Princess Charlotte's spot in the race to the crown won't be compromised by the arrival of the new royal baby.
Tradition used to give male descendants priority when it came to inheriting the throne, but thanks to the Succession to the Crown Act, passed in 2013, the date of birth will determine the next king or queen of England.
The legislation came to be while Kate Middleton was pregnant with her first child, Prince George, and it applies to all members of the Royal Family born after October 28, 2011, as reported by People.
But the order of birth wasn't the only change made; the disqualification of those arising from marrying a Roman Catholic was also lifted. These changes were made to follow the transition into the modern era.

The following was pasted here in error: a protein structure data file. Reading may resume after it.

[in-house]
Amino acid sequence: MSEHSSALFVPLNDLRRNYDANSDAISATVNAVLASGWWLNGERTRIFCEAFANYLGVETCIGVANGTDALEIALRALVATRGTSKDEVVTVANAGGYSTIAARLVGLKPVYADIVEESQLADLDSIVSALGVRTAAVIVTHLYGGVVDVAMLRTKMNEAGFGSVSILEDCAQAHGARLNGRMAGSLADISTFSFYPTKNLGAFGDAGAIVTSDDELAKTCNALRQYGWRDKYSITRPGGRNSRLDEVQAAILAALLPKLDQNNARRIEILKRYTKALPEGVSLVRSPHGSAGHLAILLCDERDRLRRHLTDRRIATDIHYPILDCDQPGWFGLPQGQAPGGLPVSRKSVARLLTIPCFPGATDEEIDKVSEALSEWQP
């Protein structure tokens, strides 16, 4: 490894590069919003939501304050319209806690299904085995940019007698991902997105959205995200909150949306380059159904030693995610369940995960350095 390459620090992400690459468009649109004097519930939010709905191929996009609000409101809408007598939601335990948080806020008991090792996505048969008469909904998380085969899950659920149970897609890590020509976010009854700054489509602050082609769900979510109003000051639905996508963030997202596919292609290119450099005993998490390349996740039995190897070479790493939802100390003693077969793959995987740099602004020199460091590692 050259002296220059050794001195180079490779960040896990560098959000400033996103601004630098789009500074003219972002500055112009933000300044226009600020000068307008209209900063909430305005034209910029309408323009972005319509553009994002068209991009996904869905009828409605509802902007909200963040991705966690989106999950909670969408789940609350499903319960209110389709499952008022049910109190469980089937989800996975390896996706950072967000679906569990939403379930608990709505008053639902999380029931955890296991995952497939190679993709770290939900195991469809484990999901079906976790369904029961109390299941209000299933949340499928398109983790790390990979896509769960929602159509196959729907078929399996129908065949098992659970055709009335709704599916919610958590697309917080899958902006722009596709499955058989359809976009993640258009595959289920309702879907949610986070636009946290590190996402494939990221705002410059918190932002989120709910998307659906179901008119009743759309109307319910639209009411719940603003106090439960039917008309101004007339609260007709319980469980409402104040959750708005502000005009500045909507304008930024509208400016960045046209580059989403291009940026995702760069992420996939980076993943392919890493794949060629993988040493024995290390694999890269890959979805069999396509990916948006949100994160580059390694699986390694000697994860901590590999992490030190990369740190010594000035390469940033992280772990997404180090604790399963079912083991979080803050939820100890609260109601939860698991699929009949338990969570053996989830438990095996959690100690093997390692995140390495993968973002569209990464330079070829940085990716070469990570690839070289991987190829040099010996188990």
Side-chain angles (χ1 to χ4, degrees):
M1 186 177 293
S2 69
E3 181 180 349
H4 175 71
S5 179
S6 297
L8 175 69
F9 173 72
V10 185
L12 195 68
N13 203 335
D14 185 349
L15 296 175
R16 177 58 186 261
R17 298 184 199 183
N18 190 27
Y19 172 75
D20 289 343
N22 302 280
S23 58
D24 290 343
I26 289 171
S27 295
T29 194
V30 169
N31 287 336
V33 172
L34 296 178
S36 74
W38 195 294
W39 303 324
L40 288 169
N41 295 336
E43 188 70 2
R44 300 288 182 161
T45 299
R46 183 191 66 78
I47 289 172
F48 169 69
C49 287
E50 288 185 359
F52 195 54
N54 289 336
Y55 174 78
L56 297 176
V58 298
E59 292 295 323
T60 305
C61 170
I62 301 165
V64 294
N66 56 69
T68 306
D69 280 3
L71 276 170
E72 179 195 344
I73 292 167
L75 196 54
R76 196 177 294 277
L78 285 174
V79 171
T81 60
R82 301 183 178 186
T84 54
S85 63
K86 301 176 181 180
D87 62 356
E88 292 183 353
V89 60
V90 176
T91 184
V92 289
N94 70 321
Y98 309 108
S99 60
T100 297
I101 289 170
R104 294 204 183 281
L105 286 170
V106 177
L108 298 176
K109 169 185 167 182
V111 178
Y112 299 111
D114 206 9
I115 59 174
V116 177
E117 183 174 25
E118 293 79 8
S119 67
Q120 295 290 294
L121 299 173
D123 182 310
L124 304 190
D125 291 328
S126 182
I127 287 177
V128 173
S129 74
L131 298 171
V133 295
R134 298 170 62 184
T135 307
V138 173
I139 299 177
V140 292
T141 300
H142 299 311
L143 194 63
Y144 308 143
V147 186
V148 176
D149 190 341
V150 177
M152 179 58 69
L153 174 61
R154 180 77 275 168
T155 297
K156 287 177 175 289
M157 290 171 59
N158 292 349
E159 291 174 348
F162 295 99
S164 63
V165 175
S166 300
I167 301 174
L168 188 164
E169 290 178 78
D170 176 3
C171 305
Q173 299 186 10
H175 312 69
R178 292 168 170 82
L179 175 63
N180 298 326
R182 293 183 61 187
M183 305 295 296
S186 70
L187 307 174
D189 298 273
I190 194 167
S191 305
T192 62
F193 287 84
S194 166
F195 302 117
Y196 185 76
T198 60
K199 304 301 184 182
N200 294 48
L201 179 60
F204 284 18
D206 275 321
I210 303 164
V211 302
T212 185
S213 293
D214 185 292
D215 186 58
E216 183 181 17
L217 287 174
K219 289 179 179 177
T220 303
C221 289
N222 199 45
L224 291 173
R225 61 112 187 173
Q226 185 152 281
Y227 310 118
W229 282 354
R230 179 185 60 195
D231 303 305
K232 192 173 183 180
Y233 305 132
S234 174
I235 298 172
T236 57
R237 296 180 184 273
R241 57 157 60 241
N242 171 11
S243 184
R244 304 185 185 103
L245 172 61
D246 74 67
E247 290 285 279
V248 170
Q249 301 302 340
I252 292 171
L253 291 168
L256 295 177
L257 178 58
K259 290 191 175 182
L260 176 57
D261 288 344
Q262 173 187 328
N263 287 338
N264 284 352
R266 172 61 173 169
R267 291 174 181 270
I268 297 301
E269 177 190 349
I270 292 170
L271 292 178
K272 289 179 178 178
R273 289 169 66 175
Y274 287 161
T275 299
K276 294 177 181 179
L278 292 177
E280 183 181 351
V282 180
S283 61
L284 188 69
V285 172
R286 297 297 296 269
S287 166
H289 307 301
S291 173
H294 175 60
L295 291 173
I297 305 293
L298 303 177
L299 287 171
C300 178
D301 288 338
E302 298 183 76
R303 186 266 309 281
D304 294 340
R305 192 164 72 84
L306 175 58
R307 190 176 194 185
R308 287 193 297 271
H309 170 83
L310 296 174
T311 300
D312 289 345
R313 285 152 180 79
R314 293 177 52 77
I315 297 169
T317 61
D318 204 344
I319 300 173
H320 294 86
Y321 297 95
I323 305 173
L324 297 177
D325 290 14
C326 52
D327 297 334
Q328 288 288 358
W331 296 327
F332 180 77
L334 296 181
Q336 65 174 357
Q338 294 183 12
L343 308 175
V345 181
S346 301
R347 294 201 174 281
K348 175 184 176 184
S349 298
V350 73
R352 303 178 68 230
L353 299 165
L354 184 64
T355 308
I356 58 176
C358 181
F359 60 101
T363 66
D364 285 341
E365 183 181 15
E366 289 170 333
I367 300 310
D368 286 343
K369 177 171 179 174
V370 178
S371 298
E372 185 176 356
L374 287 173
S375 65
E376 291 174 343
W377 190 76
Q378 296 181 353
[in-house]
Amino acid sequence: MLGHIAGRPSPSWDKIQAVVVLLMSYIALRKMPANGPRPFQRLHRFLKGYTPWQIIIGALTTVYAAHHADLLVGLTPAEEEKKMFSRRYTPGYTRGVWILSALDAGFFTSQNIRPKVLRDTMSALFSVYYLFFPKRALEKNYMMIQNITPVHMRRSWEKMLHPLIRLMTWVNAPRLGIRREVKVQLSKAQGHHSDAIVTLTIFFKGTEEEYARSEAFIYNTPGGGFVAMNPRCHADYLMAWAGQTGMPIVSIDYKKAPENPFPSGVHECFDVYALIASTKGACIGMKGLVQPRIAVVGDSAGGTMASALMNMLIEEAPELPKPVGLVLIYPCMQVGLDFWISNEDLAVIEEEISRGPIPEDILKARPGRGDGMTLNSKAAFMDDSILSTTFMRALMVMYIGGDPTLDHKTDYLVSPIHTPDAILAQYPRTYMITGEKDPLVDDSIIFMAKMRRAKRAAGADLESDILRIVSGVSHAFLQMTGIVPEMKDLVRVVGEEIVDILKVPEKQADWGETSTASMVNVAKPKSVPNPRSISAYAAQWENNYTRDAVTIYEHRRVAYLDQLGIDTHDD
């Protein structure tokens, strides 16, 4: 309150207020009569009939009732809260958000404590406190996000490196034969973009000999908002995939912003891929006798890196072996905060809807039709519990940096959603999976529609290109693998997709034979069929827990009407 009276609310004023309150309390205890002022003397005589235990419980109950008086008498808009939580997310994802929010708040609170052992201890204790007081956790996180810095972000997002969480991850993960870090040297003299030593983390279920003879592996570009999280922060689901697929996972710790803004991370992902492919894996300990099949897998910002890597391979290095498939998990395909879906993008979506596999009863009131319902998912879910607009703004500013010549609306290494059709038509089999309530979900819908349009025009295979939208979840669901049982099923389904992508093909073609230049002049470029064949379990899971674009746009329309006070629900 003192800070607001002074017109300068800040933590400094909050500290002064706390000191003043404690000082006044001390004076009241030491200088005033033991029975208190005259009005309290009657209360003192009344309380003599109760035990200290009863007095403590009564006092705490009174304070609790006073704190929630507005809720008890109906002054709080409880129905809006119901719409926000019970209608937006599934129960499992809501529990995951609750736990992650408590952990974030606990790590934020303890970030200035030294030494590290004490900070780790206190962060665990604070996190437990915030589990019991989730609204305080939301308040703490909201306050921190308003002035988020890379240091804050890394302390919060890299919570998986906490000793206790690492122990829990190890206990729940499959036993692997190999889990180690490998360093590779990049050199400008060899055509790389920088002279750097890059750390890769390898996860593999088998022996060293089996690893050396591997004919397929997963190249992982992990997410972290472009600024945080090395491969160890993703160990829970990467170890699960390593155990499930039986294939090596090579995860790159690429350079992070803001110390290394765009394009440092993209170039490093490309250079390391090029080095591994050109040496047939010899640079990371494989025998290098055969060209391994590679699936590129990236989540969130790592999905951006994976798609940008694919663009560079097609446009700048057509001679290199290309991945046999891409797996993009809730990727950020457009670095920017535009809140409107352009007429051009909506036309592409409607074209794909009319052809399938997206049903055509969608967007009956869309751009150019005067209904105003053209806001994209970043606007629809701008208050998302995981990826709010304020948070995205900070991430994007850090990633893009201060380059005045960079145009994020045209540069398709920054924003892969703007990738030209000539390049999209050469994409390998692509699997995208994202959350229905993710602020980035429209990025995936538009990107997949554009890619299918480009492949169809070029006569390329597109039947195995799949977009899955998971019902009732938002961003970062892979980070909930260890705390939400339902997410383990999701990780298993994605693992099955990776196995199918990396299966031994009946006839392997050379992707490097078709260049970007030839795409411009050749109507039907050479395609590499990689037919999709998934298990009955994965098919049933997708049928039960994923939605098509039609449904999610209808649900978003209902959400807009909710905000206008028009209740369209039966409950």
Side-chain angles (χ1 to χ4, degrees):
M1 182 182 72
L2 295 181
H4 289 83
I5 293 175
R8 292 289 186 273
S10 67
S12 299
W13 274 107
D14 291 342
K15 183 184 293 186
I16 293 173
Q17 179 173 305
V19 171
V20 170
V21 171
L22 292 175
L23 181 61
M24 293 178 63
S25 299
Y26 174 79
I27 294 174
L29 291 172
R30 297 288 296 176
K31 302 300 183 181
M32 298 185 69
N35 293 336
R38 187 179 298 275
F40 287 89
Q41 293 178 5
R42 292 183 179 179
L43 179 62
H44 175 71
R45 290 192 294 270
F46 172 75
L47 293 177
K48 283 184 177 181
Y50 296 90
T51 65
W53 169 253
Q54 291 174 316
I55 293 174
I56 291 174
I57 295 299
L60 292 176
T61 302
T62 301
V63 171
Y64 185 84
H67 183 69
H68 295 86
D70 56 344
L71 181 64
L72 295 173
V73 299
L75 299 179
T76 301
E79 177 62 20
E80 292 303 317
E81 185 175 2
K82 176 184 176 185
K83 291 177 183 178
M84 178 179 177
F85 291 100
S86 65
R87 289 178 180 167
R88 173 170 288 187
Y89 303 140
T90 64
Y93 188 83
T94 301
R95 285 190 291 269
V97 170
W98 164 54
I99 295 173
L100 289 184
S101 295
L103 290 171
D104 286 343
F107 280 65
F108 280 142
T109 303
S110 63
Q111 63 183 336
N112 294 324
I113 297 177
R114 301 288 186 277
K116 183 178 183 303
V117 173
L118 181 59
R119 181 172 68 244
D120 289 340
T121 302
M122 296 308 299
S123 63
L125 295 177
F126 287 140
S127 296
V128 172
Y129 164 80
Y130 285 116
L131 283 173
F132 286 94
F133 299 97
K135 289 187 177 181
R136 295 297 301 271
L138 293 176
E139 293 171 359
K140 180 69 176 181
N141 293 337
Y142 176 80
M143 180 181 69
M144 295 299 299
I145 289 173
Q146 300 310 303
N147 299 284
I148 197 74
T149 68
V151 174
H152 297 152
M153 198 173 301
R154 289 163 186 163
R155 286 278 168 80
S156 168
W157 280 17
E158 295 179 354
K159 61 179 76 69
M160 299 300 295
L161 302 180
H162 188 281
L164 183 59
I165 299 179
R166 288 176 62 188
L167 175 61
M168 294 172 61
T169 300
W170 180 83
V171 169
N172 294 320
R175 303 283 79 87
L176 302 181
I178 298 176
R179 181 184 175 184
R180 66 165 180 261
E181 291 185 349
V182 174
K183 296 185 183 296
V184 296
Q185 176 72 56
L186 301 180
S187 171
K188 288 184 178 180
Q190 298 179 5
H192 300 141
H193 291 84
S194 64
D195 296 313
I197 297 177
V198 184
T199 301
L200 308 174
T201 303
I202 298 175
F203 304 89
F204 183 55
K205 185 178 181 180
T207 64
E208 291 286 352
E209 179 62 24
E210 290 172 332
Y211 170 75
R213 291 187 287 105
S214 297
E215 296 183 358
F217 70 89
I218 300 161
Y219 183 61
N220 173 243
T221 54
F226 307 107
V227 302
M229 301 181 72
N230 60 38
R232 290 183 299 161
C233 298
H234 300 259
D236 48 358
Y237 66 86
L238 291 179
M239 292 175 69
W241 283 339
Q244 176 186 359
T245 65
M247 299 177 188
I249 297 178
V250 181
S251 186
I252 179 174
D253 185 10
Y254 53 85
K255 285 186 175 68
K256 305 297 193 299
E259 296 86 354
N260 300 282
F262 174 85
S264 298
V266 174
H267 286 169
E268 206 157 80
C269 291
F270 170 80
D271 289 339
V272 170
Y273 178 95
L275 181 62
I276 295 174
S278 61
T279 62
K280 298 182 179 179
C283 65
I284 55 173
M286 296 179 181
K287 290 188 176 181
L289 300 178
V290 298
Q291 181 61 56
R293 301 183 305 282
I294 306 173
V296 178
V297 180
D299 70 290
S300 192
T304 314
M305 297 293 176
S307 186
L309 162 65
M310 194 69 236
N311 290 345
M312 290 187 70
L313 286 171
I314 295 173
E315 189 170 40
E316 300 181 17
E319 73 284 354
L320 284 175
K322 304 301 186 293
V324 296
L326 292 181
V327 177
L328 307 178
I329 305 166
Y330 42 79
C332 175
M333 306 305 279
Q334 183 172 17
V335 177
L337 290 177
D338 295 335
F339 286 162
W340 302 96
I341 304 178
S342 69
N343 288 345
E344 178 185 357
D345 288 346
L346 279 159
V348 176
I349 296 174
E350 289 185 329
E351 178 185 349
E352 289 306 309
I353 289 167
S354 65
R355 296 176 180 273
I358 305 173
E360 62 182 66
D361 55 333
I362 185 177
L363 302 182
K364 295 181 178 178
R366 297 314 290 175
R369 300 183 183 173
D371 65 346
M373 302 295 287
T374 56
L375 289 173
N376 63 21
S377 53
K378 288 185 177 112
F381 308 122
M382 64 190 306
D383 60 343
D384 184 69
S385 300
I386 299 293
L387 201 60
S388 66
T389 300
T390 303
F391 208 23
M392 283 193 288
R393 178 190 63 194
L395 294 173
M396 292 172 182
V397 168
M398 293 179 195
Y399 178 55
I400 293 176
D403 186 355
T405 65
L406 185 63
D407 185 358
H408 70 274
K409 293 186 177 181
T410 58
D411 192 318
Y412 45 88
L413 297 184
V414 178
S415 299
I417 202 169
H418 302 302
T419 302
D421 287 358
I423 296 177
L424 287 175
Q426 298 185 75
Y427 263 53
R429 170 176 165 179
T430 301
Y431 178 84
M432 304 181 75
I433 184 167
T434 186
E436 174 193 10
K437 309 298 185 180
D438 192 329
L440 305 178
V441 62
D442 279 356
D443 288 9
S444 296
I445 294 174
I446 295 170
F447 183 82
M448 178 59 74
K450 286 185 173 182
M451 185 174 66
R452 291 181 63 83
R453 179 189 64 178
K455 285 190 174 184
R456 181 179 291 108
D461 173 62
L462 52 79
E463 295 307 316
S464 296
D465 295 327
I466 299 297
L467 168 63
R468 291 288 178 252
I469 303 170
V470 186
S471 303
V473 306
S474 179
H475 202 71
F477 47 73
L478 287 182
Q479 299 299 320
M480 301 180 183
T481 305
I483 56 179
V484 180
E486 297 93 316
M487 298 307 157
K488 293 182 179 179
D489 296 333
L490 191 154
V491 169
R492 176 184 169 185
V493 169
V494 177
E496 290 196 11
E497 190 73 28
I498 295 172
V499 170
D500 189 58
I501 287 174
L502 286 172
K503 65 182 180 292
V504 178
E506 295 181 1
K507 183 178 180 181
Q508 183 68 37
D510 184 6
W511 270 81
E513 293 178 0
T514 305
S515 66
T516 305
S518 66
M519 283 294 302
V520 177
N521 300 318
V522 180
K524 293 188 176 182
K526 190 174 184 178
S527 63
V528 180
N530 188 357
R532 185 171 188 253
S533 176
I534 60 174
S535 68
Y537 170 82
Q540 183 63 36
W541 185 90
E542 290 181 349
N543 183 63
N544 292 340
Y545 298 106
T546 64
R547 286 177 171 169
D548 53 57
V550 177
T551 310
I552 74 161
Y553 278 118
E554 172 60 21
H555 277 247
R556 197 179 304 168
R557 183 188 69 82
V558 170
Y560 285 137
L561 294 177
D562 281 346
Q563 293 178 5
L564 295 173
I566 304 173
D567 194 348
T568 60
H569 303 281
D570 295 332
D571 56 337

The next in line to succeed Queen Elizabeth is her son, Prince Charles, who is followed by Prince William. His children, George and Charlotte, come in third and fourth place, respectively.
If the rules had stayed the same, and Middleton gave birth to a baby boy, he would take Charlotte's place on account of being male; she would still stay in front of Prince Harry, who is currently fifth in line.
The gender of the baby is yet to be revealed, but those interested in keeping up to date with information regarding the newest member of the Royal Family can follow us on Twitter.
Middleton, who revealed that she was pregnant back in September of 2017, was transported by car from Kensington Palace to St. Mary's Hospital, in Paddington, London, on Monday, April 23, 2018, after going into labor.
Before being admitted to the Lindo Wing, where she gave birth to Prince George and Princess Charlotte, Middleton was on maternity leave, although she still managed to accompany Prince William to Easter service on April 1.
Update: the royal baby is a healthy boy!